She "gets off" because she wasn't elected by you, she was elected by 25,533 people in her own county.
The N.C. Republican Party is helping Gov. Pat McCrory recruit like-minded applicants to fill hundreds of state government jobs.
“State employees should be hired based on what they know, not who they know,” said Dana Cope, president of the State Employees Association of North Carolina. “No public service job should be awarded on partisan politics, and it is illegal to do so.”
In the weekly email, Poole sends a spreadsheet of available jobs and a link to a public website listing openings. He initially received the list each week from the Department of Administration but now pulls it from the website himself. He said he doesn’t offer recommendations for applicants who express interest, saying they must go through the process “on their own merit.”
Bolding mine. This proves that this plainly discriminatory process was at least facilitated, if not initiated, by the NC DoA itself. I'm not sure if Dana is correct about the illegality of this partisan recruitment, but it definitely goes against the Department's policies:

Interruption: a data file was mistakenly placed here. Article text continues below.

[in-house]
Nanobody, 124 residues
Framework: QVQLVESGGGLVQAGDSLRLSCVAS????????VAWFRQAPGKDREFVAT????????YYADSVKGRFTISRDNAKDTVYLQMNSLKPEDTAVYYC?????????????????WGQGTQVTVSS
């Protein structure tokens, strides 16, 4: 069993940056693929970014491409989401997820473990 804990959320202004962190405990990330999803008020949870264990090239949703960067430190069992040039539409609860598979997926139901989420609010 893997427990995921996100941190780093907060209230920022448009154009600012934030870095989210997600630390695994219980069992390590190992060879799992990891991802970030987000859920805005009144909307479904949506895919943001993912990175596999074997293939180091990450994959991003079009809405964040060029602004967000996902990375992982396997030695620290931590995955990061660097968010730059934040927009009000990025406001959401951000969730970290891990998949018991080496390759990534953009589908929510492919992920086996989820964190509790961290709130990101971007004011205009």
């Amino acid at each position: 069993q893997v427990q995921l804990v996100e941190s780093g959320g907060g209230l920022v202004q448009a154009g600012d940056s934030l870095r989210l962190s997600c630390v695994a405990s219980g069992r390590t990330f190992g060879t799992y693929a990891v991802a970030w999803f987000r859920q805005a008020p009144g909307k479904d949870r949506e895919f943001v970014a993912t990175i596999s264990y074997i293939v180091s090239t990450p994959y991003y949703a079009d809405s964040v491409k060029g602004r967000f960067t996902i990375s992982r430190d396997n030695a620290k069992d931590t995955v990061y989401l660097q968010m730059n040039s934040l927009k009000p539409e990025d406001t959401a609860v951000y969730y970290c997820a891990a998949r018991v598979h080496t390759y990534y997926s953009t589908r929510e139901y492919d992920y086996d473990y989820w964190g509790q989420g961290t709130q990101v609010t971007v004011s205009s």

"Your assertion that you did not discontinue the operation of the TANF program is simply not credible,'' the congressmen wrote. ""Your administration did not merely 'notify’ the service providers that federal funding for Work First programs may not be available in November.'' The notice that your administration sent to county social services directors on October 10th expressly directed them to cease processing new applications for benefits ‘until federal funds become available.’ In addition, the notice state unequivocally that the state would be 'unable to make any Work First Family Assistance payments in November 2013' absent congressional action.''
The GOP twisters have made a loud and misguided argument that Dems (via the Obama administration) used the shutdown fiasco to punish people by closing parks and memorials and such, but not a word about how McCrory and Wos used the shutdown to punish people struggling to survive. People who couldn't afford to hop in a car (or a plane) to go visit a park, even if they wanted to. Apparently these folks aren't deserving of the Tea Party's concern, which says more about them than the groups they look down their nose upon.